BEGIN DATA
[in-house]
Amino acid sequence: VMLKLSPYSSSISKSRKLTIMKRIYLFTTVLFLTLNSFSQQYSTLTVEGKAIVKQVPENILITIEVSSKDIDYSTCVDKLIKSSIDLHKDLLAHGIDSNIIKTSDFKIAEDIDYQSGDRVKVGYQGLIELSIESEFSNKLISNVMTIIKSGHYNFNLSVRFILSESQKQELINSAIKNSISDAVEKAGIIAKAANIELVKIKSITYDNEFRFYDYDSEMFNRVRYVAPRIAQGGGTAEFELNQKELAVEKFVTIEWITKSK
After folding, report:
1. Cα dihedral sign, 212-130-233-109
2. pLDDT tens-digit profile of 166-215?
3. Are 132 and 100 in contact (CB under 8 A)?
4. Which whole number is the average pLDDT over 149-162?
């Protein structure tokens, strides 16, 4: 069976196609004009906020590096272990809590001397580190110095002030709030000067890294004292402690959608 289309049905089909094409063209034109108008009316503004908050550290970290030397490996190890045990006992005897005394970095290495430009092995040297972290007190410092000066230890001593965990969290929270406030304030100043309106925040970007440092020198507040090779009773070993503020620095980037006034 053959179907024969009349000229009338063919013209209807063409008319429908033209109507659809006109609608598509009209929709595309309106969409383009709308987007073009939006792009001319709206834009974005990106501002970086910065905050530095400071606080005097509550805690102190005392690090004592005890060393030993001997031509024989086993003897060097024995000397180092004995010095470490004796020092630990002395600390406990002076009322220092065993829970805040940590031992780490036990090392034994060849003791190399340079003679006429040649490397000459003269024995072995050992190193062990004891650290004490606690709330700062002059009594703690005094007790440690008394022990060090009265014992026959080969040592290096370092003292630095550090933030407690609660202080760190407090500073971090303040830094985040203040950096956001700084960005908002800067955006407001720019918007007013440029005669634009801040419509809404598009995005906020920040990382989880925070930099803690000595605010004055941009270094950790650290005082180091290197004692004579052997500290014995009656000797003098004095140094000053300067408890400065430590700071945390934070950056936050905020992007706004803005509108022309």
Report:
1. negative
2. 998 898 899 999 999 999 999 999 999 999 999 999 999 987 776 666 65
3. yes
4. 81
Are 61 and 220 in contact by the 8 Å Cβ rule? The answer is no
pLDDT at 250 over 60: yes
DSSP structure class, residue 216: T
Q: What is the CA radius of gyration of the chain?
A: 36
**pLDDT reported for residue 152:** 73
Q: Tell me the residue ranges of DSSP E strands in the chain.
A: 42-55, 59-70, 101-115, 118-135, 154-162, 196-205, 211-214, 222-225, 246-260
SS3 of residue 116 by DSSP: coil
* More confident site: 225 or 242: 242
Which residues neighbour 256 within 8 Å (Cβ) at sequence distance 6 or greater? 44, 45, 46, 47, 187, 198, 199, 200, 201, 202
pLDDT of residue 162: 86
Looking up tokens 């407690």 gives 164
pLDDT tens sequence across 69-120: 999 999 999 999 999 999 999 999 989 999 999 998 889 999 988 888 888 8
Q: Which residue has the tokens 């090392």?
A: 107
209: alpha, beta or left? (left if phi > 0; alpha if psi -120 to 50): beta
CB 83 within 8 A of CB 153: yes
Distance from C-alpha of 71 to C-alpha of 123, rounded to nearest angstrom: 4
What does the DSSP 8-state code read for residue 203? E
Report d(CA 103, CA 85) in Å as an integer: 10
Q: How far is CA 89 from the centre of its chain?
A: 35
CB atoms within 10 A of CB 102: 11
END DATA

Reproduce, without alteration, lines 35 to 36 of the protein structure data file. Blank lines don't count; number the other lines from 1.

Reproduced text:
Q: How far is CA 89 from the centre of its chain?
A: 35